that prepares children for life must go beyond fundamental
skills to stimulate creativity, intellectual
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Introduction to the Aga Khan Academies
The conviction that home-grown intellectual leadership of exceptional calibre is the best driver of society’s future development, and that many developing-country education systems are too engulfed by poverty and numbers to develop their talented young people, led His Highness the Aga Khan to found a network of catalytic centres of educational excellence around the world, known as the Aga Khan Academies.
To be located in
countries in Africa, South and Central Asia, and
the Middle East, the Aga Khan Academies will be an
integrated network of 18 residential schools offering
girls and boys an international standard of education
from pre-primary to secondary levels with a rigorous
academic and leadership experience. The Academies
will select students of promise, good character and
serious intent, regardless of a family’s
ability to pay. The Academies will identify and develop
teachers of the highest quality who are committed
to the all-round development of young people and
to their own professional growth as teachers. In
turn, these teachers, utilising the capacity provided
at each Academy, will offer their expertise for the
professional development of educators from neighbouring
government, private and not-for-profit schools. The
Academies are committed to excellence in every way,
not least in the creation of spacious and attractive
campuses that provide rich opportunities for students
and teachers to interact. The first Aga Khan Academy
opened in Mombasa, Kenya, in 2003.
Find out more on the Aga Khan Academy, Mombasa
The academic programme is intended to foster an ethical and public-minded approach. It is designed to enhance students’ academic excellence, their sense of civic responsibility, their understanding of global issues, and their analytical and study skills. The programme reflects an understanding of and great sensitivity to the local languages, history, cultures and environment.
“An education must equip students with the tools that enable them to adapt and thrive in a world characterised by change,” His Highness the Aga Khan has said. “In such an environment, technical proficiency is not enough. Education that prepares children for life must go beyond fundamental skills to stimulate creativity, intellectual curiosity and honest inquiry. Advancement and development, both personal and societal, are dependant on these elements. Innovation and progress arise from the ability to approach a challenge in a new way and offer a solution.”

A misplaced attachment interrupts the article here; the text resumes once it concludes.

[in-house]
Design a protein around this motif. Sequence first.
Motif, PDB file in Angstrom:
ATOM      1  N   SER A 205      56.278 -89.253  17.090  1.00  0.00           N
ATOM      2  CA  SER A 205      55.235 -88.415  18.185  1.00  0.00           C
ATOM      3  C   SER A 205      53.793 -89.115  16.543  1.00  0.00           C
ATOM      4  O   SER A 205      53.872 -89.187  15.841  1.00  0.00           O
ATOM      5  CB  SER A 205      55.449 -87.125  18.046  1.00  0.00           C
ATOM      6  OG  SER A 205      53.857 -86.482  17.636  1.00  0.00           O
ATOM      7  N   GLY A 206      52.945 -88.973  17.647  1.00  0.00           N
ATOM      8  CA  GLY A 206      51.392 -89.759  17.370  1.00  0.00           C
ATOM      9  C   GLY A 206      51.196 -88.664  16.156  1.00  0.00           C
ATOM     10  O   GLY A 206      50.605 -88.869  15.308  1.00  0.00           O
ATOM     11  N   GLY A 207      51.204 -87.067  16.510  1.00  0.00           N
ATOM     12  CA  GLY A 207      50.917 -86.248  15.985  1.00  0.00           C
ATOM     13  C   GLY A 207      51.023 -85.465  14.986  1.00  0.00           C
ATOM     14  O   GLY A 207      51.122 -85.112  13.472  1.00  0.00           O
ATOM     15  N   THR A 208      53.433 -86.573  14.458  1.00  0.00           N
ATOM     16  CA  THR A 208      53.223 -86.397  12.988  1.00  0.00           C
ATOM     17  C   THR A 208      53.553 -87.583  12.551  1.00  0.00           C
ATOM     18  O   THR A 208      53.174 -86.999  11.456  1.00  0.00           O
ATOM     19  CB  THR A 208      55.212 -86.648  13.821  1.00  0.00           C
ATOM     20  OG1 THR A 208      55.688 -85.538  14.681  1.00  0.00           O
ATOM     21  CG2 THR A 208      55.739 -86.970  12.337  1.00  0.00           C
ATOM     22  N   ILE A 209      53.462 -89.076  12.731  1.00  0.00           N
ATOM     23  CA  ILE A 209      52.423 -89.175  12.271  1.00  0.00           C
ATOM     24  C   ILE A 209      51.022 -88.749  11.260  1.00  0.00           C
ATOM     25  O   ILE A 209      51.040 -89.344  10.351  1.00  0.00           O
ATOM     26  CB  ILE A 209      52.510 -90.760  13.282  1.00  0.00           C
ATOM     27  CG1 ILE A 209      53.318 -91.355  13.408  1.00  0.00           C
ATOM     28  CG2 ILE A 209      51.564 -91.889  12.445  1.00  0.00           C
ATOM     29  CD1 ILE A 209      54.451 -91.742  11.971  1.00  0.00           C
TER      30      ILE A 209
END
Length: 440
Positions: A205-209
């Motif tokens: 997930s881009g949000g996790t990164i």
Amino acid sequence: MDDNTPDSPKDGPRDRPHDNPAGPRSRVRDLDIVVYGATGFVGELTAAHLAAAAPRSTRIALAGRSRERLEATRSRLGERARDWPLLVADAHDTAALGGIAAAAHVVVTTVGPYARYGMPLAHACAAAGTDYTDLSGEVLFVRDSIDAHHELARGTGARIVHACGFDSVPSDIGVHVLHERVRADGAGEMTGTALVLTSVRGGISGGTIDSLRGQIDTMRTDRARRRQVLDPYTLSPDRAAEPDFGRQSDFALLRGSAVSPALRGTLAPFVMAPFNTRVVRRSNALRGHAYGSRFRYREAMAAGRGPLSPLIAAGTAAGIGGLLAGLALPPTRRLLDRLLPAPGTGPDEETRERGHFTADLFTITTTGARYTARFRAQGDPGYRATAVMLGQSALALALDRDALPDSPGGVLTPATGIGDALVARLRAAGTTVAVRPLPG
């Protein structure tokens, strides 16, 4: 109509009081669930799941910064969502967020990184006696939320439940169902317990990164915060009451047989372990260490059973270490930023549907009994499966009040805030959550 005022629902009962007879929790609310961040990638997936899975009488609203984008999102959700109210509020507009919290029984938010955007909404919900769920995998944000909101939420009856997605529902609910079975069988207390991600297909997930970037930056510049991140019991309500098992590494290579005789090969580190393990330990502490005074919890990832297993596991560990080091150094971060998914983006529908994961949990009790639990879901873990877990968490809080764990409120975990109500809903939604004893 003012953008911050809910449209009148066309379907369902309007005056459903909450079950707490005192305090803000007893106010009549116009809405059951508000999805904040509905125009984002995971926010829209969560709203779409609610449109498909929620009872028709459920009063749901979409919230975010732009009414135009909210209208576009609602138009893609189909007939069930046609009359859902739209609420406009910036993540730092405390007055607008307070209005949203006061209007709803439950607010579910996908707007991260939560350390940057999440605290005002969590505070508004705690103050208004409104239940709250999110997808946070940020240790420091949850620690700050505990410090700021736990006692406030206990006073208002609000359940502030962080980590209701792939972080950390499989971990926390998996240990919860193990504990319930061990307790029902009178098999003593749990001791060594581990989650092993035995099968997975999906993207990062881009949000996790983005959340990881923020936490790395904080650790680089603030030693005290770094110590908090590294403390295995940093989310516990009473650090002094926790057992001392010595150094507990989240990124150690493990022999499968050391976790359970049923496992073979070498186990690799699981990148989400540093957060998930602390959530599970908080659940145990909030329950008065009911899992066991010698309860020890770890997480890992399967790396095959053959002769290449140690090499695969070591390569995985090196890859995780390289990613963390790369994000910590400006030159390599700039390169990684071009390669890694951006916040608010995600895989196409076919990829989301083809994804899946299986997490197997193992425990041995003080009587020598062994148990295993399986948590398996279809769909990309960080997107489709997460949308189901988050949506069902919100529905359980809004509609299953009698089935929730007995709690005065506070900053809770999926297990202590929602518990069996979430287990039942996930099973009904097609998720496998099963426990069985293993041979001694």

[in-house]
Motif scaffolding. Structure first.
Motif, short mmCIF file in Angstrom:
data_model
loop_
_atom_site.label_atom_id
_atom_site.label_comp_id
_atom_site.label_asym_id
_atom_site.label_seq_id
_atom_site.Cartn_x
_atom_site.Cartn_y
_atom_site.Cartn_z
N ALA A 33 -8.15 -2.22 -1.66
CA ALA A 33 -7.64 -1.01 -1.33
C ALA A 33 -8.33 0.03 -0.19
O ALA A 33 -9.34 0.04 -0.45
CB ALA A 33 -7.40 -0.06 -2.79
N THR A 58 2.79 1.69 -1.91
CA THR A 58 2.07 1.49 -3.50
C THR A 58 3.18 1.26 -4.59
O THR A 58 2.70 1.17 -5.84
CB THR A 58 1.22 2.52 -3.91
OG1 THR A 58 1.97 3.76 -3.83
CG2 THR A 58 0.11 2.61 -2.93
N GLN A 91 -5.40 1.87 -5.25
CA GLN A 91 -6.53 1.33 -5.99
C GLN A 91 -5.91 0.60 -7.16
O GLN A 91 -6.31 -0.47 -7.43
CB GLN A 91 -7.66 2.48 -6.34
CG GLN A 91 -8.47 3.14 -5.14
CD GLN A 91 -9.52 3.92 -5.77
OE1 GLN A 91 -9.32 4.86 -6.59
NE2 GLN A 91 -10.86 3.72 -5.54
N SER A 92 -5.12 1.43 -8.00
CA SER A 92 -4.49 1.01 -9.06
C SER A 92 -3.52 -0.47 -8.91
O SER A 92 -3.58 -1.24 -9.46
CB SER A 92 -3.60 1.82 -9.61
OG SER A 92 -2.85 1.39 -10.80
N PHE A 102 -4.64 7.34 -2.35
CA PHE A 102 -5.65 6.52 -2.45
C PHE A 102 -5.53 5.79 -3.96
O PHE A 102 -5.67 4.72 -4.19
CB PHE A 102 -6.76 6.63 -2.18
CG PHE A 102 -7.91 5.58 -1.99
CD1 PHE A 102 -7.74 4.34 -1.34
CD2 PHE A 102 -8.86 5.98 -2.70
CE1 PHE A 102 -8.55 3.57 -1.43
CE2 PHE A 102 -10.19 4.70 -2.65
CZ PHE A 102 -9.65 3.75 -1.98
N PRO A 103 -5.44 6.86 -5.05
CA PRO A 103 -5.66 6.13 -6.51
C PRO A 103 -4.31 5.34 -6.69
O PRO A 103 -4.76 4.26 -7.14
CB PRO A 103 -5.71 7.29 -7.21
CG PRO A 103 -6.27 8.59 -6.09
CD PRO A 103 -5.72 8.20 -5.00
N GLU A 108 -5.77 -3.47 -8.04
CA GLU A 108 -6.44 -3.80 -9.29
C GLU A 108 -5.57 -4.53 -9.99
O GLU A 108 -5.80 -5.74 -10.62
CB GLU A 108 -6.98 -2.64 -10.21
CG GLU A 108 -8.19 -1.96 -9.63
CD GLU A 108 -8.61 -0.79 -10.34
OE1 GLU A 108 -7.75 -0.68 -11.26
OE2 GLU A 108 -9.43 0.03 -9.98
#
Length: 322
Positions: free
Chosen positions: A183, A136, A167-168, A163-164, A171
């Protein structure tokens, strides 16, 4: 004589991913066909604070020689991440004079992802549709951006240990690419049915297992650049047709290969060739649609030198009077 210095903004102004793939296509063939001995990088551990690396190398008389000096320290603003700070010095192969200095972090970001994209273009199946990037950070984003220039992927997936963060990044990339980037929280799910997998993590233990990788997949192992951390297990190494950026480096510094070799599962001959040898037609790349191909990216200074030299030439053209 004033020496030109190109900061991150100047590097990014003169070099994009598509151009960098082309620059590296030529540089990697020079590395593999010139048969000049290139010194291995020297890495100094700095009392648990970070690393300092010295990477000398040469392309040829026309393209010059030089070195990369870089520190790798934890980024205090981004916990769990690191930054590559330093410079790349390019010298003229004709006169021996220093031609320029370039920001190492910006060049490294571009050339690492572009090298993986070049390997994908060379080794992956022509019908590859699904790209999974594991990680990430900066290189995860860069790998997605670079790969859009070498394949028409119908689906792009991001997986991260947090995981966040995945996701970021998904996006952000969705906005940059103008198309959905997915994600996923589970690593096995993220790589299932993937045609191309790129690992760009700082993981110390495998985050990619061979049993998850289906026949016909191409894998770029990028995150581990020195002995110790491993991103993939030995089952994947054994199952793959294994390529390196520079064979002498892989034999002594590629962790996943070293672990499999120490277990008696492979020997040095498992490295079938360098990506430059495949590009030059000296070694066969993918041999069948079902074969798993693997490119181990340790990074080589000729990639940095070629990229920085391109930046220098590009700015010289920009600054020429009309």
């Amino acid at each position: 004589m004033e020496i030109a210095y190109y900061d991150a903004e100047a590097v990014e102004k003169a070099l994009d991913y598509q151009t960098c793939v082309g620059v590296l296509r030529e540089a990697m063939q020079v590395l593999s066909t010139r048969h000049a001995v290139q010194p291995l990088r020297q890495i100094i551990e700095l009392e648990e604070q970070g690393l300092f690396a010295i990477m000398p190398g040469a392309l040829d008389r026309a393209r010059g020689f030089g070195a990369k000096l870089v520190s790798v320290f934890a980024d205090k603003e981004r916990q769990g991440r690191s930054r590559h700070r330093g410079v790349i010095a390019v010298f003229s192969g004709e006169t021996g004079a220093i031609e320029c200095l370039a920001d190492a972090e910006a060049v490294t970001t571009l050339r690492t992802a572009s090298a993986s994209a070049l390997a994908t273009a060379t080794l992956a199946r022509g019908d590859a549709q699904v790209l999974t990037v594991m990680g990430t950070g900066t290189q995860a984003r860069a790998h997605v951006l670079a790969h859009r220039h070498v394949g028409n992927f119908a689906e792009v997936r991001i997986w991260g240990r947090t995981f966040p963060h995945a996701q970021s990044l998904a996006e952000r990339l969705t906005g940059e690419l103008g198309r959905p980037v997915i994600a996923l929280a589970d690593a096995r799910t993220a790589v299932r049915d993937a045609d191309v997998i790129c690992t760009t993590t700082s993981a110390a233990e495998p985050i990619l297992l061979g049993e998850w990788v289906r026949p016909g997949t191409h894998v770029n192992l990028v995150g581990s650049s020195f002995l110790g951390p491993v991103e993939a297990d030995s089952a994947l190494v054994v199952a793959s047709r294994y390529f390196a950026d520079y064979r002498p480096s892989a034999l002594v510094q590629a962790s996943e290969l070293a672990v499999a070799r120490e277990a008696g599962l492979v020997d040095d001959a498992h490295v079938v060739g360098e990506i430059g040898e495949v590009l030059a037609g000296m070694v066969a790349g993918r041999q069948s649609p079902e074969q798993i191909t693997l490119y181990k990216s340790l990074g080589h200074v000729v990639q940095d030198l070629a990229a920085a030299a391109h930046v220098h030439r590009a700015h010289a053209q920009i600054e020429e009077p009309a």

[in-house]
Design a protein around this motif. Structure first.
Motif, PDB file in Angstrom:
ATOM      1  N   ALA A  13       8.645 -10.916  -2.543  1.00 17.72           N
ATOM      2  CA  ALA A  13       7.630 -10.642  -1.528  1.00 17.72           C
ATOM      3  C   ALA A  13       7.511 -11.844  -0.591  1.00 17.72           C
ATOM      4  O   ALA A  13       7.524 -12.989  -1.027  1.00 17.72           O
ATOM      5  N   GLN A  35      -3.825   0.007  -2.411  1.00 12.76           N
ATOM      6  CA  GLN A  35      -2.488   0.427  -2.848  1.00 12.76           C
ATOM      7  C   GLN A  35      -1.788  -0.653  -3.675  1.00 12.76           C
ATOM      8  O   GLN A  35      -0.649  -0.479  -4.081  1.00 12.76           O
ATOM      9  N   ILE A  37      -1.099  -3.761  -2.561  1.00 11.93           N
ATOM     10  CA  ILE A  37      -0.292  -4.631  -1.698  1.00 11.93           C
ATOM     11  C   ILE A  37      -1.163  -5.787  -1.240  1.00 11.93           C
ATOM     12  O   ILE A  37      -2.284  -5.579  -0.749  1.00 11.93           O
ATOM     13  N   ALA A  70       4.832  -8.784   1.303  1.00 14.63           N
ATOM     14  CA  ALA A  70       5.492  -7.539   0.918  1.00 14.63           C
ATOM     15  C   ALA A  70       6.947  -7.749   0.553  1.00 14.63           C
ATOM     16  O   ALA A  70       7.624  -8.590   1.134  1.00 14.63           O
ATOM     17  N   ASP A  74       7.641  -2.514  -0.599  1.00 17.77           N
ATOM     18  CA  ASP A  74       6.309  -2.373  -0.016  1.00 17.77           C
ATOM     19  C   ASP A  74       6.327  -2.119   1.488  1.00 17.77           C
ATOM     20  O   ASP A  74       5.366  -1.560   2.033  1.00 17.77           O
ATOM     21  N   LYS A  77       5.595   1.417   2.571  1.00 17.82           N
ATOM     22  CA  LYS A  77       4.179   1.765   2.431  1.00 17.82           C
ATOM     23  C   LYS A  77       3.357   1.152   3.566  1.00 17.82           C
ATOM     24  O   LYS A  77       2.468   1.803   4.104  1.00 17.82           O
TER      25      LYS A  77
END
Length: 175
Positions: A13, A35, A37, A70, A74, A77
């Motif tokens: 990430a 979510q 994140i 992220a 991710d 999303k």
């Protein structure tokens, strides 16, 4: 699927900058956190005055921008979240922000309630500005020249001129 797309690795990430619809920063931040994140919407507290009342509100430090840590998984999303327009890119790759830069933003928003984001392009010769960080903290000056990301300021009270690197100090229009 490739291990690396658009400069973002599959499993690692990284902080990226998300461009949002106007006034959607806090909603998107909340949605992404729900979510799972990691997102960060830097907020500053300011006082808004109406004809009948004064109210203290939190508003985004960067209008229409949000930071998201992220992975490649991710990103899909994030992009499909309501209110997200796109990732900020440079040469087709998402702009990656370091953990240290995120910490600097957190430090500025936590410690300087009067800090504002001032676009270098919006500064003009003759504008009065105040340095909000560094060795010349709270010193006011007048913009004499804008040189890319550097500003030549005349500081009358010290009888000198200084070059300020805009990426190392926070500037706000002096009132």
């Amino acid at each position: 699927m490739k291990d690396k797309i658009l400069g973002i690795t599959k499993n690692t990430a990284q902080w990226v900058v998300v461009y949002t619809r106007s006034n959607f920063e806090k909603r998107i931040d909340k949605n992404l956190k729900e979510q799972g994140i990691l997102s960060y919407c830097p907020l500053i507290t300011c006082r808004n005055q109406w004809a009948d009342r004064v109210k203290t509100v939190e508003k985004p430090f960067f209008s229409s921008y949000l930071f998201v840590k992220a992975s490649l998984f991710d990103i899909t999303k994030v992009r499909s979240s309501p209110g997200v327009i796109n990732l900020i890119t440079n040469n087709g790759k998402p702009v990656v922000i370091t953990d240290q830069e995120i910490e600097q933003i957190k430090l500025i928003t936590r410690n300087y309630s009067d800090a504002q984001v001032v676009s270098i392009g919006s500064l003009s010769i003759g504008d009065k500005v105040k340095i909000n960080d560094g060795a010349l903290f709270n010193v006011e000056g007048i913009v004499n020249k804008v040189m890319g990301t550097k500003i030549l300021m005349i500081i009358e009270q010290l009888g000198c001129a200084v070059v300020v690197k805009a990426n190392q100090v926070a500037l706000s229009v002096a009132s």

The Aga Khan Academies’ education is built on the framework of the internationally recognised International Baccalaureate Organization (IBO) programmes. The IB is renowned for preparing students for admission to the best universities in their own countries and abroad. Enhanced by academic, co-curricular activities, and opportunities for international study unique to the Academies, this educational programme will play an important part in fulfilling His Highness the Aga Khan’s hope that these schools will stimulate creativity and intellectual curiosity so that students can adapt and thrive in a world of rapid change, make informed judgments on life’s daily challenges, and place those judgments in an ethical framework.
The resources and linkages of the Aga Khan Development Network play an important part in the realisation and impact the Academies, its teachers and its graduates will make. They benefit from the intellectual and programmatic resources at agencies such as the Aga Khan Foundation, the Aga Khan Trust for Culture, the Aga Khan University and the University of Central Asia, including their Institutes of Educational Development. The Academies draw upon long-standing partnerships with universities such as Harvard, Oxford and Toronto, as well as renowned college preparatory schools such as Phillips Academy, Andover, in the USA and Shule Schloss, Salem, in Germany to achieve its standard of excellence.
Time and again, His Highness the Aga Khan has underlined the importance of three concepts he sees as essential to creating, stabilising and strengthening democracies around the world - meritocracy, pluralism, and civil society. These are all values the network of Academies strives to instill in its students - values they will embody and carry with them throughout their lives.
Every aspect of the school’s environment and curriculum will influence these values. Students will benefit from the experience of a pluralistic learning community, enabling them to embrace diversity and become true citizens of the world, generous and tolerant towards other cultures and traditions. The Academies will engrain the qualities of meritocracy and develop ethical leaders who will go on to build and lead the institutions of civil society in their countries and across the world.